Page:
Building Guppy - Part 4  
by Steven Lewis - Souix City, Iowa - USA

Part 1 - Part 2 - Part 3

Winter is over, Spring is here and the epoxy is flowing...sorta. I went out to start filleting the hull and found this:

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My resin had partially crystalized! Not to panic...I poured/scooped a bunch (10-12 oz) into a plastic container and headed for the house. 3 30 second shots in the microwave and a couple of 10 seconders and voila...

 

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Nice clear and smoothed resin. If you try this, make sure to stir between nukings and only warm the resin to about 90°. The next bit to do is to...

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Cut the strips for taping the seam. Having no 4" tape on hand I had to cut them from some 30" wide cloth that I have. No big deal, just overlap the joints a bit. Next we mix up a batch of resin and...

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Prewet the seams. This is so the wood has enough resin and that it doesn't leech resin out of the filleting putty, which is dry enough already. Once the whole seam is wet...

 

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Mix up a batch of goop. I actually made this before I mixed the wetting out resin, and it hadn't oozed off the side at all. This is the right consistancy for what I want. I used about 90% wood flour and 10% cabosil (fumed silica). Anyone who is worried about woodflour absorbing moisture...think about it. This is the ultimate in encapsulated wood celulose. If this ain't waterproof, none of it will be! So anyway...

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I slapped some in there, nice and thick. I know it isn't pretty but it is just the second layer and will be smoothed out with...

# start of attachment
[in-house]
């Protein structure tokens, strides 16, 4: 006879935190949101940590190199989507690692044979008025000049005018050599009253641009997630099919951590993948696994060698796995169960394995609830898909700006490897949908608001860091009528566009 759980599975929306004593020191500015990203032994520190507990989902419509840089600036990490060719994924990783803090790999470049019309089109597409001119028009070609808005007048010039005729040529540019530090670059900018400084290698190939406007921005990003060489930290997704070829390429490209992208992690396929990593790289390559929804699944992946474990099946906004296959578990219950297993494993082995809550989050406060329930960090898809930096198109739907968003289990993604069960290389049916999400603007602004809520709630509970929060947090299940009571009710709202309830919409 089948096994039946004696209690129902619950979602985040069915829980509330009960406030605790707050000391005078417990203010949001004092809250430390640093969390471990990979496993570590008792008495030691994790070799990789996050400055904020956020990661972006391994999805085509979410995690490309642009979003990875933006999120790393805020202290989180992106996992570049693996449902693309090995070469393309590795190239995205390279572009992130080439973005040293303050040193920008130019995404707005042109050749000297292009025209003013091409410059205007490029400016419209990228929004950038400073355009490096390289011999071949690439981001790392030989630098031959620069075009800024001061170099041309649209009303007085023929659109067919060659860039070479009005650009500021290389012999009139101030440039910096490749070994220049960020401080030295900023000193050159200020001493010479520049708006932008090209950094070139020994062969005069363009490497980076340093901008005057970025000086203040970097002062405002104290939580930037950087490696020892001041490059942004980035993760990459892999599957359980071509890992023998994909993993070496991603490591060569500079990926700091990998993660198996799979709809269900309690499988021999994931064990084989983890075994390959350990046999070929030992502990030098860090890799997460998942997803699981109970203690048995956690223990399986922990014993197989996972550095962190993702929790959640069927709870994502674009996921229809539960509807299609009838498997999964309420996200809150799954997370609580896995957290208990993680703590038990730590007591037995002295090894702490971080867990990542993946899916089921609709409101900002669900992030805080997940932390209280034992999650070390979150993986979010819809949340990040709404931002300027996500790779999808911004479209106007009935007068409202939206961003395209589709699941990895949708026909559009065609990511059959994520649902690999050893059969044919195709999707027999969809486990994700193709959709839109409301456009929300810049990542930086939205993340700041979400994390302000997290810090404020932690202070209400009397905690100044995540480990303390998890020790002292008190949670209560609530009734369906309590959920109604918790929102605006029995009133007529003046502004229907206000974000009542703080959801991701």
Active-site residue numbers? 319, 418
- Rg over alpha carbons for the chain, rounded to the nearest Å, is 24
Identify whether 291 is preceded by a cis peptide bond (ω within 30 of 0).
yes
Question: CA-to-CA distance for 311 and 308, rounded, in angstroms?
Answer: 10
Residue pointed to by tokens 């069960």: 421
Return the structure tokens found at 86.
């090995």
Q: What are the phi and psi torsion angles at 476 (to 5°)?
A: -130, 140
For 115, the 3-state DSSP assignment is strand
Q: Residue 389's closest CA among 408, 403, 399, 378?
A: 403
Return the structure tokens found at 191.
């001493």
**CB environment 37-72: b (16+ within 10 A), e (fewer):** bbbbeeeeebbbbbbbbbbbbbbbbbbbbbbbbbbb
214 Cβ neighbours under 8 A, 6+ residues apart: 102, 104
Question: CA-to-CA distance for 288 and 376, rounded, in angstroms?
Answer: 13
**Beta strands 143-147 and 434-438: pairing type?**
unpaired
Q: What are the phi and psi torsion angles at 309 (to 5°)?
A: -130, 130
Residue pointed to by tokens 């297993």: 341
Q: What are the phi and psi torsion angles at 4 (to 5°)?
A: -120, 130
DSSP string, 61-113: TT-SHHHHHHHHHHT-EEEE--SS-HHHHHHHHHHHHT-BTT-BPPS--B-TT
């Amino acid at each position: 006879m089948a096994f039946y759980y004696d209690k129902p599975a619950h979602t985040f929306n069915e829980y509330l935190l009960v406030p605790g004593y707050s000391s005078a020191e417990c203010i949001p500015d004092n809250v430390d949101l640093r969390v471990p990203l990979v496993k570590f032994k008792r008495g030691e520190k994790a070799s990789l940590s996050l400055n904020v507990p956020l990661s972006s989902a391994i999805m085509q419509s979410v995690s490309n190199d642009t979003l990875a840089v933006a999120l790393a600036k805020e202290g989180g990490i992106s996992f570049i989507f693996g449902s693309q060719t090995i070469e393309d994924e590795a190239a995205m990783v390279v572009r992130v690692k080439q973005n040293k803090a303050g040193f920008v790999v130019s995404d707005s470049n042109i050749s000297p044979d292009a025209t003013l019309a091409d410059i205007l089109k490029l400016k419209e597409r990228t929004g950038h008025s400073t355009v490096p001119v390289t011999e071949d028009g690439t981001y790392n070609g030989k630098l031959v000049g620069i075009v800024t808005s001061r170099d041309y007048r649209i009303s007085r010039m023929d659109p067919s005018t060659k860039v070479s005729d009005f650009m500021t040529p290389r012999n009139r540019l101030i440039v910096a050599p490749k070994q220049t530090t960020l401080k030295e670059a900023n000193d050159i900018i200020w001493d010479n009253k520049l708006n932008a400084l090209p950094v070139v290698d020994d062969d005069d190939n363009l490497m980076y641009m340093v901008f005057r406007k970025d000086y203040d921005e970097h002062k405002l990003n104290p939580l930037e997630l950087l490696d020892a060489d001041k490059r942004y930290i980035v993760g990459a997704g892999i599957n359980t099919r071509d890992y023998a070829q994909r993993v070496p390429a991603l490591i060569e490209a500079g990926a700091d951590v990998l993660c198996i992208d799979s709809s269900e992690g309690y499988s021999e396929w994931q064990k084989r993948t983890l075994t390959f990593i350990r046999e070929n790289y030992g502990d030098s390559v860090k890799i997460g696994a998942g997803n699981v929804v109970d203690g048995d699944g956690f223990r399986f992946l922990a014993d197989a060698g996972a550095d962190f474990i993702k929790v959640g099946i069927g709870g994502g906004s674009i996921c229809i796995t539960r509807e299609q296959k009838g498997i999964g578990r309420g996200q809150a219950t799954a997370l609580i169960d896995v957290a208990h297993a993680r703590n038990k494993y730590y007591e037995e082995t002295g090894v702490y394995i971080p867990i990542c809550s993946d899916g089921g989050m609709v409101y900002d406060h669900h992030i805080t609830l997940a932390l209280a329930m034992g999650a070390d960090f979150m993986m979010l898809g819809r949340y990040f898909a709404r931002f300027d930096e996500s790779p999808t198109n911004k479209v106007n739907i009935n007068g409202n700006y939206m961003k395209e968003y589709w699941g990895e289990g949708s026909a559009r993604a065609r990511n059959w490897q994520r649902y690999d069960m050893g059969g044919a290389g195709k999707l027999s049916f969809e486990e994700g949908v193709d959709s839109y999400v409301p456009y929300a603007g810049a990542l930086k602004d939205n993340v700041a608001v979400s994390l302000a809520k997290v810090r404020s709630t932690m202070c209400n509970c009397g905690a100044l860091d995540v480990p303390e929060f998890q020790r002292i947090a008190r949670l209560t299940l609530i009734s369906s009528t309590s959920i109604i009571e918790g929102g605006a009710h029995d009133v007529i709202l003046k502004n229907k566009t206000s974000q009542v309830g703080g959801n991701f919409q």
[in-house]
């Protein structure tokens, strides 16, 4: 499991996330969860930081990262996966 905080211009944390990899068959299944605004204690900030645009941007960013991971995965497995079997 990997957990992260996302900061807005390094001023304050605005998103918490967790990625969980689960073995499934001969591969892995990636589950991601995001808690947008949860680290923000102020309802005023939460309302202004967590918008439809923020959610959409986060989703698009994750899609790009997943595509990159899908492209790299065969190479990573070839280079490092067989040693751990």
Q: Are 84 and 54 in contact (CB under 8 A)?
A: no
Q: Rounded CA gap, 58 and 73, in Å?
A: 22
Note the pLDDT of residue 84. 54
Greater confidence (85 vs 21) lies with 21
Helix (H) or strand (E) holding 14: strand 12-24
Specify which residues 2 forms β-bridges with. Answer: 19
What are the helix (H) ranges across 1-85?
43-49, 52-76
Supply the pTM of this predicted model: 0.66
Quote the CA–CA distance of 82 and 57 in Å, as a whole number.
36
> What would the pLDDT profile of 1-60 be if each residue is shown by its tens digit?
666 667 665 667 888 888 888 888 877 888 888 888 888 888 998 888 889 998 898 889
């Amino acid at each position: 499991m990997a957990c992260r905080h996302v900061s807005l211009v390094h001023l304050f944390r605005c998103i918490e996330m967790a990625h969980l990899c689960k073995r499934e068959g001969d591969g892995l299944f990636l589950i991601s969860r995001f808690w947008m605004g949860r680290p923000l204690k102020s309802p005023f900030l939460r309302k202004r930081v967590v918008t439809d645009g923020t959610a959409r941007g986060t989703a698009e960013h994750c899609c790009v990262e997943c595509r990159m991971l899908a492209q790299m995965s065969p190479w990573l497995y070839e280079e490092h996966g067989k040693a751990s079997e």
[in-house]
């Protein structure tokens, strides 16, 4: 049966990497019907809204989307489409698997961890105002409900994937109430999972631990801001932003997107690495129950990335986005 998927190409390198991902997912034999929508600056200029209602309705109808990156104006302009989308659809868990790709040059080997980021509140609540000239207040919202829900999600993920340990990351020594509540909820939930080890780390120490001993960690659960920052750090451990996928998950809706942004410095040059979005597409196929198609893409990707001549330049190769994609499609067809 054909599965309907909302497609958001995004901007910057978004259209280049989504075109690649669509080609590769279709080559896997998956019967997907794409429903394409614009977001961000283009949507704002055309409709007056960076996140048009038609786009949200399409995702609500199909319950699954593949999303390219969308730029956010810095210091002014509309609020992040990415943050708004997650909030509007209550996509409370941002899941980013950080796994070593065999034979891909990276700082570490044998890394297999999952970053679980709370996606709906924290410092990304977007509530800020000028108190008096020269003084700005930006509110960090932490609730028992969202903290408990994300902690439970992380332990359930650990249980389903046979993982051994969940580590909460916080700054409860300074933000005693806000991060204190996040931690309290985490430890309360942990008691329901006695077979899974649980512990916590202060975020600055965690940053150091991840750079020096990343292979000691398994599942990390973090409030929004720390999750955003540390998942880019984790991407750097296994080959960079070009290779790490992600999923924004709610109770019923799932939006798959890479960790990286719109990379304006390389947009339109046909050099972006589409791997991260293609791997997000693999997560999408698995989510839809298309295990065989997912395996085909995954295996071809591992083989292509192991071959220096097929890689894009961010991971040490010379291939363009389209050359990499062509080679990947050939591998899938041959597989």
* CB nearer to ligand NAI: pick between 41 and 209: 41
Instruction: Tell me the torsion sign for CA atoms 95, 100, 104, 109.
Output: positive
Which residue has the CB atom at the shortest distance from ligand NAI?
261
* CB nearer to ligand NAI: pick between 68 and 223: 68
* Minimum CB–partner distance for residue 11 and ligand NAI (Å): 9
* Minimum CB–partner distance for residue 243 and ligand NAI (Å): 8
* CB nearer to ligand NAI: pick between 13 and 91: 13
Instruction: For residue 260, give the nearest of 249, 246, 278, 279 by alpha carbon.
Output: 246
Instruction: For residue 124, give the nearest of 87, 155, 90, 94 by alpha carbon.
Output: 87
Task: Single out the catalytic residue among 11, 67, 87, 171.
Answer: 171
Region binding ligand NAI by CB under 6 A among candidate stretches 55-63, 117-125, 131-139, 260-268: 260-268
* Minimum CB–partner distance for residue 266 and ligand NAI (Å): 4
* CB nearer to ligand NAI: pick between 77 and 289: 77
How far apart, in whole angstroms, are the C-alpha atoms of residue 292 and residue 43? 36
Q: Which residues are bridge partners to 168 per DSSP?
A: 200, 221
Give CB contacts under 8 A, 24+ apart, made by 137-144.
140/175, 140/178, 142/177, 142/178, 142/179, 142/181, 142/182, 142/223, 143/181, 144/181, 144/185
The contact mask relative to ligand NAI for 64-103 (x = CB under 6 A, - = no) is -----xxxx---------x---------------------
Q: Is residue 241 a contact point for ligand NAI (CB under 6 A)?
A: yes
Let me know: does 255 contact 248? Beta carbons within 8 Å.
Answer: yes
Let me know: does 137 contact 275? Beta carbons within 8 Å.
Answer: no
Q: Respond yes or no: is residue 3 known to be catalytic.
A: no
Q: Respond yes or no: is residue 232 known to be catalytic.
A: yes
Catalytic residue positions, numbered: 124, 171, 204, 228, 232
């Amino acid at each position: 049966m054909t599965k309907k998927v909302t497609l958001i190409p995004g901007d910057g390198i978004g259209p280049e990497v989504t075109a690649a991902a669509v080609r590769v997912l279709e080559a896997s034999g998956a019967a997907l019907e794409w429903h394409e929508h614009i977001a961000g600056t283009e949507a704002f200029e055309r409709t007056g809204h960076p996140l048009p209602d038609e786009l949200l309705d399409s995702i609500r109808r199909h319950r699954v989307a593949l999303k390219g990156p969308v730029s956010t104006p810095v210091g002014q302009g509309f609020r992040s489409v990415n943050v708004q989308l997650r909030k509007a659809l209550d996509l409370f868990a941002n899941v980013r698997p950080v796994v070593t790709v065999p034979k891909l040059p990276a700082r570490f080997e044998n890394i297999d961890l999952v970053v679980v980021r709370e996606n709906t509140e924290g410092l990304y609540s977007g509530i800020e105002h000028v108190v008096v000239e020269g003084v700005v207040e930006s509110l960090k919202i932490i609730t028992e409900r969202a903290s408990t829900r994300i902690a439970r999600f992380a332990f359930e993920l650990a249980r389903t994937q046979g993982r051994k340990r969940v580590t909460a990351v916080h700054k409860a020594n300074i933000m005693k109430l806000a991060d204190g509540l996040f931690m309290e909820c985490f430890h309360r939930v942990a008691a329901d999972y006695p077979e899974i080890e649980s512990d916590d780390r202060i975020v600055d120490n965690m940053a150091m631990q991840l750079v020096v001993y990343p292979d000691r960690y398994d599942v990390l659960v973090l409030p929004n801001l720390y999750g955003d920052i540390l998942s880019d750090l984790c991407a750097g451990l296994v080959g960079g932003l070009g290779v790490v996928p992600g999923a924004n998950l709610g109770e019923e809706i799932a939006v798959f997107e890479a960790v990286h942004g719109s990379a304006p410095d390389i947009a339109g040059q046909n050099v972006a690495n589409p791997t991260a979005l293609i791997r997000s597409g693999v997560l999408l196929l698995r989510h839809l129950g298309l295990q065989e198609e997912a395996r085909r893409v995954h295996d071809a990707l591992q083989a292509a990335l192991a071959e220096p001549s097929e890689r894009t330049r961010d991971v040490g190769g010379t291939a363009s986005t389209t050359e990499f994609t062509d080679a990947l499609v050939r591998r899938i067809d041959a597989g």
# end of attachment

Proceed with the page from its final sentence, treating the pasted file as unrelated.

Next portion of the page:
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A small brush and the rest of the raw epoxy from wetting the wood out. Use a medium amount, enough to smooth the biggest lumps and ridges out and feather the fillet into the wood. This also helps to start wetting out...

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The fiberglass strips. Lay the strips into the fillets and press into place but not too hard. You should wet the wood around the fillet so the tape sticks well the full width. Whip up another batch of resin and ...

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Wet out the cloth completely. The extra width of wet wood is just using up my extra resin. I will be putting a coat on the inside to seal the wood anyways. This will be good enough for the bilge so this seam is done. Total elapst time not including cutting the strips was about 1/2 hour. This method of doing the filleting and taping creates the strongest joint because all the epoxy is 100% bonded together chemically and mechanically. If I were to fillet first then sand and tape, not only do I have the extra work of the sanding, but I would only get a mechanical bond between the two layers of epoxy (fillet layer and tape layer).

Stay tuned for the next installment